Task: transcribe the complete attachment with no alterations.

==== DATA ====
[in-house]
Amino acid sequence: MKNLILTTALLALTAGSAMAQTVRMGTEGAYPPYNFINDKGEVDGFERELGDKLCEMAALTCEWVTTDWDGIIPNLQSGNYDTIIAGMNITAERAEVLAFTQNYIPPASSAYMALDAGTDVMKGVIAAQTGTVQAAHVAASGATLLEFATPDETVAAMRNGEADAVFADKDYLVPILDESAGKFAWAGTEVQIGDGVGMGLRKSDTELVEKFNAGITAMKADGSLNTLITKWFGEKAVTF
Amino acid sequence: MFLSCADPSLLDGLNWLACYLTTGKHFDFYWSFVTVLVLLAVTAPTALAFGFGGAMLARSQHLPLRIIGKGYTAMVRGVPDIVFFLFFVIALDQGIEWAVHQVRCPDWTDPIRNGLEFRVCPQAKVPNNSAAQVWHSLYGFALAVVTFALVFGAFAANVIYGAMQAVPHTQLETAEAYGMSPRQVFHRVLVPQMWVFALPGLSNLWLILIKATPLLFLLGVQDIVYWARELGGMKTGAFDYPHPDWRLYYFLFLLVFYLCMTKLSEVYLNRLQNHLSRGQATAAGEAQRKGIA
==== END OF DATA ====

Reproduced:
[in-house]
Amino acid sequence: MKNLILTTALLALTAGSAMAQTVRMGTEGAYPPYNFINDKGEVDGFERELGDKLCEMAALTCEWVTTDWDGIIPNLQSGNYDTIIAGMNITAERAEVLAFTQNYIPPASSAYMALDAGTDVMKGVIAAQTGTVQAAHVAASGATLLEFATPDETVAAMRNGEADAVFADKDYLVPILDESAGKFAWAGTEVQIGDGVGMGLRKSDTELVEKFNAGITAMKADGSLNTLITKWFGEKAVTF
Amino acid sequence: MFLSCADPSLLDGLNWLACYLTTGKHFDFYWSFVTVLVLLAVTAPTALAFGFGGAMLARSQHLPLRIIGKGYTAMVRGVPDIVFFLFFVIALDQGIEWAVHQVRCPDWTDPIRNGLEFRVCPQAKVPNNSAAQVWHSLYGFALAVVTFALVFGAFAANVIYGAMQAVPHTQLETAEAYGMSPRQVFHRVLVPQMWVFALPGLSNLWLILIKATPLLFLLGVQDIVYWARELGGMKTGAFDYPHPDWRLYYFLFLLVFYLCMTKLSEVYLNRLQNHLSRGQATAAGEAQRKGIA